Destruction and opportunity on the sea floor: effects of gray whale feeding

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Oliver, J. S., & Slattery, P. N. (1985). Destruction and opportunity on the sea floor: effects of gray whale feeding. Ecology, 66(6), 1965-1975.
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TitleDestruction and opportunity on the sea floor: effects of gray whale feeding
AuthorsS. Oliver, N. Slattery
AbstractEschrichtius robustus are highly disruptive bottom feeders that remove infaunal invertebrate prey and sediments by suction. The response of the benthos to gray whale feeding was examined in the primary feeding grounds of the Bering Sea and in an ecological analog of these prey communities along the W coast of Vancouver Island. Large feeding excavations (often 2-20m2) were rapidly colonized by scavenging lysianassid amphipods, especially Anonyx spp. that attacked injured and dislodged infauna. Many of the attacked animals were small crustaceans (<1cm long) and polychaete worms. Anonyx spp. was 20-30 times more abundant inside fresh excavations than in the surrounding tube mat, where they dispersed within hours after the initial feeding disturbance. A smaller species of lysianassid, Orchomene minuta, invaded less rapidly and remained much longer in excavations than the larger, Anonyx spp. Within days and weeks, gray whale feeding excavations trapped organic debris. Most invading species were much more abundant in debris patches compared to debris-free areas of the same excavations. The numbers of some colonists remained elevated in disturbed areas for 2 mo.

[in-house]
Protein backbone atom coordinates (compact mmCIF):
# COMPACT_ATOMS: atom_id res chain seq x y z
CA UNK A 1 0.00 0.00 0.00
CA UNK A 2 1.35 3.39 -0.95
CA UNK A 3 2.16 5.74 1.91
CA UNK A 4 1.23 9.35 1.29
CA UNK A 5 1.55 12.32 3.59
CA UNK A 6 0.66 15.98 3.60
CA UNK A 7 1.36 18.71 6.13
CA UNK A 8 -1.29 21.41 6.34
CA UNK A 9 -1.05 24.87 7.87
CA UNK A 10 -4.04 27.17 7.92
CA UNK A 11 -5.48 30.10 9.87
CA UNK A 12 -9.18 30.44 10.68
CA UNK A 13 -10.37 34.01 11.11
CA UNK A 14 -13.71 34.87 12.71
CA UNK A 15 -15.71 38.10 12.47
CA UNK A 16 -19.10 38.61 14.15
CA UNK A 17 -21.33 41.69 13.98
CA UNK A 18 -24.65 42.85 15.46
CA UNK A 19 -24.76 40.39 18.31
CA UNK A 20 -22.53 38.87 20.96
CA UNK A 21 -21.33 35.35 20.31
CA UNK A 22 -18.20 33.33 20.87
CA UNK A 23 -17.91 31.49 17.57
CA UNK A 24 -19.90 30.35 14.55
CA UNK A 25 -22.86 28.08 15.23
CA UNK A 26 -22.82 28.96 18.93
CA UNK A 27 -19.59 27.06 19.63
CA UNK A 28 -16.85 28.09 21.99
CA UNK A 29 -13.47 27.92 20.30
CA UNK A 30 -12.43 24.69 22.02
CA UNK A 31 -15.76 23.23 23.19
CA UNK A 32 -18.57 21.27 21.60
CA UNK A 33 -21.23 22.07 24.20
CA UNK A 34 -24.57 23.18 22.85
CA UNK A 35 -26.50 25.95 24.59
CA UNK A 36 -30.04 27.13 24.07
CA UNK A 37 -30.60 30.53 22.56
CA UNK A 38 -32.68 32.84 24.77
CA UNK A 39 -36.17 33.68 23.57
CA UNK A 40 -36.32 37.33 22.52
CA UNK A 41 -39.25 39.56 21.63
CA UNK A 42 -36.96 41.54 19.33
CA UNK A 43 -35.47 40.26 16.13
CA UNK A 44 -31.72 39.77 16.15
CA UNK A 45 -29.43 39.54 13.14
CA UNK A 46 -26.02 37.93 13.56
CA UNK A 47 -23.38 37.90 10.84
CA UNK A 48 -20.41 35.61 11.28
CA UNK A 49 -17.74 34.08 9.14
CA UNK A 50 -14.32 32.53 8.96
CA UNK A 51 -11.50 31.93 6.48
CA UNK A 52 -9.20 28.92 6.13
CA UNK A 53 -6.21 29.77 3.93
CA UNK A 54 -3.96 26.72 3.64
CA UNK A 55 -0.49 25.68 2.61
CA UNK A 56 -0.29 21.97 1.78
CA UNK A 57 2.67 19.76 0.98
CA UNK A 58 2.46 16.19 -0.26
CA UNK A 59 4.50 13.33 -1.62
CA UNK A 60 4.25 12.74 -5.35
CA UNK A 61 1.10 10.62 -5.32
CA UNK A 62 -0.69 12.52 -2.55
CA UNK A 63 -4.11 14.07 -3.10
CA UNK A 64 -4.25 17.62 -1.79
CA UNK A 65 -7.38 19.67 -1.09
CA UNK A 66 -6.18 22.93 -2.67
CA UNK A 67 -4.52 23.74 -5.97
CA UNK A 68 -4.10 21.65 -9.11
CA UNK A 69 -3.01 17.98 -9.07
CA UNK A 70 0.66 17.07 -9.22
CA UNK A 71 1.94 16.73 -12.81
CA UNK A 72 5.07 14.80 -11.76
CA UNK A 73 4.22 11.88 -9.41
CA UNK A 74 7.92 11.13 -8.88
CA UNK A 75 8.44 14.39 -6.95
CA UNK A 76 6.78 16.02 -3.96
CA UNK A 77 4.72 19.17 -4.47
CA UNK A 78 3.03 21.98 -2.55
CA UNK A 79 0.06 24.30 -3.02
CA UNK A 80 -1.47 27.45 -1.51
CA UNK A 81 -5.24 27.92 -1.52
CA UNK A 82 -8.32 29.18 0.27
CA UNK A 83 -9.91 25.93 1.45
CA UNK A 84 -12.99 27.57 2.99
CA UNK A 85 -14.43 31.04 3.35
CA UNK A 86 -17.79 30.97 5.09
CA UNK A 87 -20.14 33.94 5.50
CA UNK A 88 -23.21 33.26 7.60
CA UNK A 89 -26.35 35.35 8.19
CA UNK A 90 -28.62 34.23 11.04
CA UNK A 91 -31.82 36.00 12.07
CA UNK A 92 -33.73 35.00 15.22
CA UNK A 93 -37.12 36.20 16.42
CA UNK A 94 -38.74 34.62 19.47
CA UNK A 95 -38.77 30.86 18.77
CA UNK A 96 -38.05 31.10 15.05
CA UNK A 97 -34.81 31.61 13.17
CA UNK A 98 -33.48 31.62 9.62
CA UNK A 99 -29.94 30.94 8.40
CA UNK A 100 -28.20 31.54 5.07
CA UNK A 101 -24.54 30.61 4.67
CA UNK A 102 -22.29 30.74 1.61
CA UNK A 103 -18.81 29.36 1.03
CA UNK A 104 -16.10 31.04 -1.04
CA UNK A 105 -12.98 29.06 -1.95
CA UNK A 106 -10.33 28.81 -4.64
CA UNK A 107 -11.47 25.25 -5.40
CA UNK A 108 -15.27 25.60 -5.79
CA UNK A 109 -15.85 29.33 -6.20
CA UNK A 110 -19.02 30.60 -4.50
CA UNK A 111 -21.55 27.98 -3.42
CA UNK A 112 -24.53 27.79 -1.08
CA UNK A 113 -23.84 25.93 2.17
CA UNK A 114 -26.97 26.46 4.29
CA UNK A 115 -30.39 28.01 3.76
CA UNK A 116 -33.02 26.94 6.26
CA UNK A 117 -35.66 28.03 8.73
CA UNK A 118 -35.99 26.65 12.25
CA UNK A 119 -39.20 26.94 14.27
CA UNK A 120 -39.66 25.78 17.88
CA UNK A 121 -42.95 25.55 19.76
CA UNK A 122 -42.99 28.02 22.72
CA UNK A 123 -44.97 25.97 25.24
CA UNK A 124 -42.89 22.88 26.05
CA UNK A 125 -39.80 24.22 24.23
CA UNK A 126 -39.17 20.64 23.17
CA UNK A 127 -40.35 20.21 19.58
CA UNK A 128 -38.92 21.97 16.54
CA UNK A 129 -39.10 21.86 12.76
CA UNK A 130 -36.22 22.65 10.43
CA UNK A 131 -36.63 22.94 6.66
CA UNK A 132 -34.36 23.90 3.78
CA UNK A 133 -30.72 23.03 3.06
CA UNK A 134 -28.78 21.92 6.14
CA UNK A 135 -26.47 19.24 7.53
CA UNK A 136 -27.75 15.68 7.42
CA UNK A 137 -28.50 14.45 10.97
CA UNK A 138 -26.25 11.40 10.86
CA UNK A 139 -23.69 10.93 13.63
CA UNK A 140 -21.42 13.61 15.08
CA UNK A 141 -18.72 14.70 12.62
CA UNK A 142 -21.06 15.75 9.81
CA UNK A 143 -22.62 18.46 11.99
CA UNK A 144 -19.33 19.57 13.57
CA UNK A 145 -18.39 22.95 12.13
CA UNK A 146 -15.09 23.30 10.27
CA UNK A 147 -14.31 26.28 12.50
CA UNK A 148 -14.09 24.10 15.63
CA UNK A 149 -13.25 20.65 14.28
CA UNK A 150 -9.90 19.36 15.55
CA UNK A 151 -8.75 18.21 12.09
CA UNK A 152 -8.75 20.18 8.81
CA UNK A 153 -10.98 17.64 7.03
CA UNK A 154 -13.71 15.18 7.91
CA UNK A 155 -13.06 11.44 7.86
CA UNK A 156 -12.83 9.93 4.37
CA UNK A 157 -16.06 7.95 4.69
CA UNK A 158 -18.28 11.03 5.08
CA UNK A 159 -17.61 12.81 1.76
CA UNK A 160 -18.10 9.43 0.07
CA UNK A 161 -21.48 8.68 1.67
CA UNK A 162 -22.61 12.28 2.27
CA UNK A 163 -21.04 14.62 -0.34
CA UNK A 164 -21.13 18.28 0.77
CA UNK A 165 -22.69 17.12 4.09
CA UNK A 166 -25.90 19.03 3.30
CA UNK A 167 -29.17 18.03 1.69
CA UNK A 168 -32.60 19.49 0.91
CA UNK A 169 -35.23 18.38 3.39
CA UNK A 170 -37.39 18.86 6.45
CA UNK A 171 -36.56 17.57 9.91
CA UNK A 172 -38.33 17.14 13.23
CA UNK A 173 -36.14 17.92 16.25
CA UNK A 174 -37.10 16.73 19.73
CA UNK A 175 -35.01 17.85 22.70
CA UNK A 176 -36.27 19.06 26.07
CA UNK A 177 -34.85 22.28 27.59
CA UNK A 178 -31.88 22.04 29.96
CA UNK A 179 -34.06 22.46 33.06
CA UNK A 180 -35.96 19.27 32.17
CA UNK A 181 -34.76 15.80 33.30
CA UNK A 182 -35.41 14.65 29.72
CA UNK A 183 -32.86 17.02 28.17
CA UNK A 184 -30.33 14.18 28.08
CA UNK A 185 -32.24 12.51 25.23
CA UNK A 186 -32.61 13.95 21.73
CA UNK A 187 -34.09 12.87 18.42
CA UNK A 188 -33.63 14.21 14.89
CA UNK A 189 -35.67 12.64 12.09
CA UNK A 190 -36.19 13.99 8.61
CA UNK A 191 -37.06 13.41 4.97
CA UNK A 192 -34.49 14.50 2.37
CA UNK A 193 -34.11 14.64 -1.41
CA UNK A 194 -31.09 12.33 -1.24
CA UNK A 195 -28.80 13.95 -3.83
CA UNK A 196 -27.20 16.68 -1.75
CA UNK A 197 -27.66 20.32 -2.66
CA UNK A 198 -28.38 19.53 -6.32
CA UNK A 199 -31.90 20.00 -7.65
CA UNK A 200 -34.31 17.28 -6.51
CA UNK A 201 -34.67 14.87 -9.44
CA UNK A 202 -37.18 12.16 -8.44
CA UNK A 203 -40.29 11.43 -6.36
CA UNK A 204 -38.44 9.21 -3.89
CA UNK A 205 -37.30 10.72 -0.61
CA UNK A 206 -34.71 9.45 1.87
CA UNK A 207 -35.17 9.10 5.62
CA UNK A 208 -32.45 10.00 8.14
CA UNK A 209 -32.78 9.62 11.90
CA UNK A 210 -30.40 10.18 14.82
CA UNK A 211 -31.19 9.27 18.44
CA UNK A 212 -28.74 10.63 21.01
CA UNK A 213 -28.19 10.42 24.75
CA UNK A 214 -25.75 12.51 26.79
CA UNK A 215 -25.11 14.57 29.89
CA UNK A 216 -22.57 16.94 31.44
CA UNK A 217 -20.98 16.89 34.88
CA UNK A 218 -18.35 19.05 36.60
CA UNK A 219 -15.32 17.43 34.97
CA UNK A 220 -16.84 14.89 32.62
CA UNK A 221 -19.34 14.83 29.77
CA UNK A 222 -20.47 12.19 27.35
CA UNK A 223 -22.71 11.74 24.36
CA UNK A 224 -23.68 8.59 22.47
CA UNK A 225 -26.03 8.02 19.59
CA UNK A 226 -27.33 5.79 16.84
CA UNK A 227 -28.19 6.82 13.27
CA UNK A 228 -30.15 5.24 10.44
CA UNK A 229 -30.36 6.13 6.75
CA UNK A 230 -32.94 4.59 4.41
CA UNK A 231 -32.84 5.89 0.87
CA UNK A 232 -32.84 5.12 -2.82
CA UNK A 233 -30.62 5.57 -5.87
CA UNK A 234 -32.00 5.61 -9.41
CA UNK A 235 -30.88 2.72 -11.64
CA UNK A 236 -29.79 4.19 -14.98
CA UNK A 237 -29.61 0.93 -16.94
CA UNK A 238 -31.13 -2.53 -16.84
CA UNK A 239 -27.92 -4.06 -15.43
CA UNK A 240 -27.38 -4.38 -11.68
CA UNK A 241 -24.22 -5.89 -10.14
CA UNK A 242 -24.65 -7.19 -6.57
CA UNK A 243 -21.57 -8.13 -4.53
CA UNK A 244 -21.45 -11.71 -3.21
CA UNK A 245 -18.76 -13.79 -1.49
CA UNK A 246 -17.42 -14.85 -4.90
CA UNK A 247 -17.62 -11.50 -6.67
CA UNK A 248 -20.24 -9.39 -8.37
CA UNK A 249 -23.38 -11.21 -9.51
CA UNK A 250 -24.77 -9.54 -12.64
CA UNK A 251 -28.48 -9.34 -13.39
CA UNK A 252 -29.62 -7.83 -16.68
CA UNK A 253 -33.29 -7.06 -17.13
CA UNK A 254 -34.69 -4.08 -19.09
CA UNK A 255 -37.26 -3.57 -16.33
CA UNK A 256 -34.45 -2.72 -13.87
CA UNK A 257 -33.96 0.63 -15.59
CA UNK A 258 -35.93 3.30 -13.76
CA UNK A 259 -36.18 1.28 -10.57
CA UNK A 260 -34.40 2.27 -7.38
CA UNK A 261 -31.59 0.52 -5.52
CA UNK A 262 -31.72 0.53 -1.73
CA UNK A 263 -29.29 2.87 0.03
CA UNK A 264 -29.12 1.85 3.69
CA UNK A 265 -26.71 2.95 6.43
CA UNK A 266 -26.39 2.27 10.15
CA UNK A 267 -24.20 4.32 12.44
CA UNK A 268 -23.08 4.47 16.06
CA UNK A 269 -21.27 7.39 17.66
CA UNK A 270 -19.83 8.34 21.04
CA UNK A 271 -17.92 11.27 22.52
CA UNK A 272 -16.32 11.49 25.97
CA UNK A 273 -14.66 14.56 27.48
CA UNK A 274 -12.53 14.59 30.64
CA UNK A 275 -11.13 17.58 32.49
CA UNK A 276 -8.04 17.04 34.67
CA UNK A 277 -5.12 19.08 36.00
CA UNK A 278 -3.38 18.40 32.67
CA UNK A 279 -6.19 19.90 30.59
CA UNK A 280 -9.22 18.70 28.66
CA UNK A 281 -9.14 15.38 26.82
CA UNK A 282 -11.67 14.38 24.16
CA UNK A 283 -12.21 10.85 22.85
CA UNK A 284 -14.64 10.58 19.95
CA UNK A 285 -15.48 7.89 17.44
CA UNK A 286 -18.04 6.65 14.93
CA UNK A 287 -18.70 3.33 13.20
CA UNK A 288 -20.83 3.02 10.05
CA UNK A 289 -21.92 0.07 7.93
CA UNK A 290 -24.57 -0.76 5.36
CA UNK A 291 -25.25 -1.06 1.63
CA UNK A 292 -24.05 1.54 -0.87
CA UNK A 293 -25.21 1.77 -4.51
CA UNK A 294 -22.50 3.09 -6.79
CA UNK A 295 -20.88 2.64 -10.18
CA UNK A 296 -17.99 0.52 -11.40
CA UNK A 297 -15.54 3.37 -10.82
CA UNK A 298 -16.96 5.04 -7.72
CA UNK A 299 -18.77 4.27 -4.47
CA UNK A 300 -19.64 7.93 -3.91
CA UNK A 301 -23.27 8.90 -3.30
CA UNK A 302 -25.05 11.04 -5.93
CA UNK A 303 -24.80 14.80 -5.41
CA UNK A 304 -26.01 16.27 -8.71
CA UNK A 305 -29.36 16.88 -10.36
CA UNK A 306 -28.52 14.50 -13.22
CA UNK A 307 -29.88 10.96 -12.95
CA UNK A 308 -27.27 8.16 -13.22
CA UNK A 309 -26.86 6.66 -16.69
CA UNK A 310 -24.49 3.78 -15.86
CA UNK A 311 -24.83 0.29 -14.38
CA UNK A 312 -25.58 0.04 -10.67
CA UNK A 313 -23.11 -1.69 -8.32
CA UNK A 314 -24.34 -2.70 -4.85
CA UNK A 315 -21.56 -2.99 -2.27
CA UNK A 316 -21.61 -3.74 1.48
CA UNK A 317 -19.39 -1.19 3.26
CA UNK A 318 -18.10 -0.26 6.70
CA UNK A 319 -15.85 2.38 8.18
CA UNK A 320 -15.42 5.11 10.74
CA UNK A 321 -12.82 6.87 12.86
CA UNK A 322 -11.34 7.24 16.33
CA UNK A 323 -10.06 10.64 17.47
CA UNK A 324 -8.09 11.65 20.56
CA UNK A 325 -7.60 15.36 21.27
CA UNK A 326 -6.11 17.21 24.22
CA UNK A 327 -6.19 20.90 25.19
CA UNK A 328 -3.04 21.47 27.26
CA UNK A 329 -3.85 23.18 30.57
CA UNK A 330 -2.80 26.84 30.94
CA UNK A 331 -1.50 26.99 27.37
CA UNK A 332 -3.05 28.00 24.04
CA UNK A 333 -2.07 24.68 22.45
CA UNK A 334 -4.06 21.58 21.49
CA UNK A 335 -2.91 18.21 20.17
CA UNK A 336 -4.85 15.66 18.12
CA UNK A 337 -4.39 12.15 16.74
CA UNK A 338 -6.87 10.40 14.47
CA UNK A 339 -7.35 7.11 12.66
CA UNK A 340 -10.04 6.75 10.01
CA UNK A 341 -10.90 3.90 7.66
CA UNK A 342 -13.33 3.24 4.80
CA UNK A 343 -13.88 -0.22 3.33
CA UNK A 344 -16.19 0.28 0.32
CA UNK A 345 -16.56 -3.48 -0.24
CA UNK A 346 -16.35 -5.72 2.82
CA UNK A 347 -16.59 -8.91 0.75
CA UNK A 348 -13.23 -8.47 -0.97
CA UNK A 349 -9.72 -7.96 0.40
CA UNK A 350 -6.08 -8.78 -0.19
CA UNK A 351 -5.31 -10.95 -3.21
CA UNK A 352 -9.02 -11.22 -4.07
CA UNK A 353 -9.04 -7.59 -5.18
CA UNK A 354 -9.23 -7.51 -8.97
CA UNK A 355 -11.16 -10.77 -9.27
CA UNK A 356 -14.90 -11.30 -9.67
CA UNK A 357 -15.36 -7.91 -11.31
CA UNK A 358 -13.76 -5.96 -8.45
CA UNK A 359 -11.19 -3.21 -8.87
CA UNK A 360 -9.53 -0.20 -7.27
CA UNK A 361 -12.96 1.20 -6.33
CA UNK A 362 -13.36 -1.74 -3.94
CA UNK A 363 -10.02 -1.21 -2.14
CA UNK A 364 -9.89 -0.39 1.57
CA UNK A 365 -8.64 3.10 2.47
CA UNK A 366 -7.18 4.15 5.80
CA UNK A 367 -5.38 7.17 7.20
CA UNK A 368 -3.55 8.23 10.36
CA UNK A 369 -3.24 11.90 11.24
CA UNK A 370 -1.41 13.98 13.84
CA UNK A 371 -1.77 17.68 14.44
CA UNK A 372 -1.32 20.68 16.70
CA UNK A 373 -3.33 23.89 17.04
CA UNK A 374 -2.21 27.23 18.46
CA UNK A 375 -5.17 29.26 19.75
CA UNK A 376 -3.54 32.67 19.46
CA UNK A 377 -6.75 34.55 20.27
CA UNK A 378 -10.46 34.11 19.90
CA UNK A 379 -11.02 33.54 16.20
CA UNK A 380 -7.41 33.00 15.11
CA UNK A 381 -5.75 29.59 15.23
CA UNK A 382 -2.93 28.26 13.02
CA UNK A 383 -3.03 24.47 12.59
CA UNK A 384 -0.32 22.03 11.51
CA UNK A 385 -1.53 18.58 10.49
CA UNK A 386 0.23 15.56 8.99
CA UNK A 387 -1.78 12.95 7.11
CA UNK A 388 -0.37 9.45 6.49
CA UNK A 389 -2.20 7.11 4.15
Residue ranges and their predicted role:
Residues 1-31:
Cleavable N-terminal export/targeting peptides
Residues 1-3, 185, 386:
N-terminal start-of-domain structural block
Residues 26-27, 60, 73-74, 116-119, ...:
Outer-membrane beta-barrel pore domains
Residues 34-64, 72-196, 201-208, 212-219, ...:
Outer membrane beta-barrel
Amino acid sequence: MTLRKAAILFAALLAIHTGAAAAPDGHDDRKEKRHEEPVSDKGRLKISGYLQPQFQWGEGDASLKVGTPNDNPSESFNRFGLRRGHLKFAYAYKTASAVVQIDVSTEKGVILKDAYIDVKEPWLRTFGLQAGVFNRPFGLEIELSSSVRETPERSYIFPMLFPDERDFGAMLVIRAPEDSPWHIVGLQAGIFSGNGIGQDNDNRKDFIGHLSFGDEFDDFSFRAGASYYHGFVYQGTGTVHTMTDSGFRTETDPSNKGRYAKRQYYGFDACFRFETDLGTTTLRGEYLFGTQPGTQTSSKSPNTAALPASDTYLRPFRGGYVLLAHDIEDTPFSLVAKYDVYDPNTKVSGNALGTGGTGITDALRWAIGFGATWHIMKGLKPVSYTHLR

JournalEcology
Date1985
Volume66
Issue6
Start page1965
End page1975
ISSN00129658
Subjectsamphipods, Anonyx, Bering Sea, Eschrichtius robustus, Lysianassidae, Orchomene minuta, Vancouver Island.
NoteCited By (since 1996):68

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